Subject: Re: [boost] [review] string convert
From: Vicente BOTET (vicente.botet_at_[hidden])
Date: 2011-05-06 08:07:00
> Message du 06/05/11 13:31
> De : "Stewart, Robert"
> A : "'boost_at_[hidden]'"
> Copie Ã :
> Objet : Re: [boost] [review] string convert
> Vicente BOTET wrote:
> > De : "Stewart, Robert"
> > > Vicente BOTET wrote:
> > > >
> > > > are we discussing here a generic interface from
> > > > type-to-type or one that uses an intermediary stream to
> > > > make the conversion?
> > >
> > > I've been considering it the former. Why does using a stream
> > > to make the conversion affect that?
> > The fact that we want to add some formatting parameters, apply
> > manipulators and so on to a generic interface disturb me.
> I see.
> > > - T convert_cast(S, formatting = none); can throw
> > > - T convert_cast(S, T, formatting = none)
> > > - optional name_me_1(S, formatting = none)
> > > - optional name_me_1(S, T, formatting = none)
> > > - pair name_me_2(S, T, formatting = none)
> > I would prefer to don't pay for these defaulted parameters in
> > the generic case.
> I mentioned before that overloading can avoid such concerns.
You are right, overloading could be used, I missed this point.
> If you don't supply any formatting, then you get the simpler implementation. If you do, you get the more complicated implementation.
> Maybe there should be distinct names for each set in order to clarify that they work differently. Obviously, to use manipulators requires the use of a stream. Without them, other implementations are possible, though some l10n functionality is needed still for string<->type conversions.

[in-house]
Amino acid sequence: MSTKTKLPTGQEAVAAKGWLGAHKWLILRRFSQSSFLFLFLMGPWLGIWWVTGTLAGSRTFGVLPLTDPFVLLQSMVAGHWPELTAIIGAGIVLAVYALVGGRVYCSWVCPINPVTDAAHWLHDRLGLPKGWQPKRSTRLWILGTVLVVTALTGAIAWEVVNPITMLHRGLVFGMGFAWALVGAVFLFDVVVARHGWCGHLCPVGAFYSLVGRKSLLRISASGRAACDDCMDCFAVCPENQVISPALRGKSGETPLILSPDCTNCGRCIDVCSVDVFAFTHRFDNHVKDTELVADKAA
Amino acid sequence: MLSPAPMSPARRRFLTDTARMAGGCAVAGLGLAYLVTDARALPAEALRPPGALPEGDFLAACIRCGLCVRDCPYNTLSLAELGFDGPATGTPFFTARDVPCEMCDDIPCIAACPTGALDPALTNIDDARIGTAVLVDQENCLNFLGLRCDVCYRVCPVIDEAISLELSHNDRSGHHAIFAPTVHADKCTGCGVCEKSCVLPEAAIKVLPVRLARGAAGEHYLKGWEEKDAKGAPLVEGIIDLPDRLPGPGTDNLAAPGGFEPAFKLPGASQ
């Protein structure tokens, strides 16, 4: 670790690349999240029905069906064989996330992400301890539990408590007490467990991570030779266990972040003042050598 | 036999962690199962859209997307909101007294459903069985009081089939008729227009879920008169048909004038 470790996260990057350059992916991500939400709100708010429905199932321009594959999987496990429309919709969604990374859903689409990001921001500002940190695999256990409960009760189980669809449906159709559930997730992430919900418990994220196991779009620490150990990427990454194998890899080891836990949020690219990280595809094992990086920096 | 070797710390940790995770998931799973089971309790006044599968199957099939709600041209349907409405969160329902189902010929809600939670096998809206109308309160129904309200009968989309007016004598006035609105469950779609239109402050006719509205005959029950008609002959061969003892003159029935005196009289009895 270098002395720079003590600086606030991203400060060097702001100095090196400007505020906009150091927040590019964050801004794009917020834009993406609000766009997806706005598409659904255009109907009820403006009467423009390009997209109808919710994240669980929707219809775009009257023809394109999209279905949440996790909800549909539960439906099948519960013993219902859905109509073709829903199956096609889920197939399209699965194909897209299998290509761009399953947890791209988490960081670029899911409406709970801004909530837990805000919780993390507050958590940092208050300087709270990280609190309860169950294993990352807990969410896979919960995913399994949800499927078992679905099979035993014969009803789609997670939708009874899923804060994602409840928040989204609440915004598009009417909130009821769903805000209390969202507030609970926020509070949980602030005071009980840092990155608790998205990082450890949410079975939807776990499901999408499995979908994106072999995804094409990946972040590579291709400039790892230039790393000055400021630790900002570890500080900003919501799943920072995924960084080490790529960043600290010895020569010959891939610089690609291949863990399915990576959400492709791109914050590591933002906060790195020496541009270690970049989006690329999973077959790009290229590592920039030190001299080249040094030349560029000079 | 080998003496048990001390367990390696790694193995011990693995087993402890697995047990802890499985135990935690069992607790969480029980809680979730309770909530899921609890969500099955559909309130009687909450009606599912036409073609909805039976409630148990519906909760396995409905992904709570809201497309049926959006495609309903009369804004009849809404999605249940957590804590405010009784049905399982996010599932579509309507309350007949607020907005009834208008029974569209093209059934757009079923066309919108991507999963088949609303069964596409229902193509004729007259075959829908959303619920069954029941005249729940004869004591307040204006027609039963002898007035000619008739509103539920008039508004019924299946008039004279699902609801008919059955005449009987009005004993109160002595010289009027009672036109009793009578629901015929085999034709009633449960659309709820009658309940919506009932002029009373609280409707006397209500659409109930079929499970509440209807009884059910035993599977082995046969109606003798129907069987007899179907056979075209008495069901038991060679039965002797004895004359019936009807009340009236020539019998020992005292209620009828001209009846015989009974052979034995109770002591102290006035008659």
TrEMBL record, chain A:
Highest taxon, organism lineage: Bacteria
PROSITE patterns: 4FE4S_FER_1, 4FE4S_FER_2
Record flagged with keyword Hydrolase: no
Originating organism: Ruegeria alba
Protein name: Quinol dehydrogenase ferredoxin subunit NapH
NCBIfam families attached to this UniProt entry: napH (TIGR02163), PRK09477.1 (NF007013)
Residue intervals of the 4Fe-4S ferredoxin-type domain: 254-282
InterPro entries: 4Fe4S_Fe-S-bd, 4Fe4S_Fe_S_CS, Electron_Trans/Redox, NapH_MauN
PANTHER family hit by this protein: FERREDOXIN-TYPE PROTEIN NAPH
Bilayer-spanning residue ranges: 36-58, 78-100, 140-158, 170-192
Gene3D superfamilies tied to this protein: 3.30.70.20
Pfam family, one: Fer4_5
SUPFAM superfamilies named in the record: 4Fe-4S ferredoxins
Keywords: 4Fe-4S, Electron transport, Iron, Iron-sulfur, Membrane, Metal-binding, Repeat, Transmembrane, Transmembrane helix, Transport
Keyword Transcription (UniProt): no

> > Maybe I'm wrong, but the manipulators are only useful when
> > converting from a string or to a string. If this is the case,
> > all the stream stuff should be moved to a string conversion
> > interface. I would even prefer that the stream part stay away
> > and independent.
> Maybe. First, there's the lexical_cast approach to always convert (or, in the modern interpretation, as if) via a stream. In that design, manipulators can influence the resulting conversion. Second, string<->type conversions are an extremely important use case.
lexical cast hides the stream usage, but we have
ios << source;
ios >> target;
If we want to support type-to-type via stream and manimulators we will need to be able to do in the implementation
ios << omn_1 << ... << omnp_n << source;
ios >> imnp_1 >> ... >> imnp_k >> target;
As far as I perceive the Boost.Convert library the manipulators are used either to convert to a string or from a string. I have not see deeply hwat allows the converter class. Can someone tell me if the reviewed interface can be used to make such type-to-type conversions?
> > In another post I proposed to use an istream
> > proxy when converting from a string to a type
> > as_istream(str) >> std::hex >> i;
> I do find that interesting, but does it offer enough benefit relative to the following?
> std::istringstream s;
> s >> std::hex >> i;
I have no problems with that. I was just proposing a one-line solution.
> > For conversions from a type to a string, we can use an ostream
> > proxy, which is implicitly convertible to string.
> > string str = as_ostream() << std::hex << i;
> That is troublesome. However, we could create a more efficient form of std::ostringstream:
> string str;
> converting_ostream(str) << std::hex << i;
Yes this could be useful.
> Obviously, move semantics make using std::ostringstream just as efficient, though slightly less convenient:
> std::ostringstream s;
> s << std::hex << i;
> string const str(s.str());
> If operator <<() returned std::ostringstream, it could be streamlined still more:
> string const str((ostringstream() << std::hex << i).str());
It usually is.
We could also define an operation that takes the stream and extract a type returning the value instead of requesting a variable
int i = extract(str >> ios >> std::hex)
string str = extract(ios << std::hex << i);
With this interface we can add in a single expression output manipulators and input manipulators.
Boost list run by bdawes at acm.org, gregod at cs.rpi.edu, cpdaniel at pacbell.net, john at johnmaddock.co.uk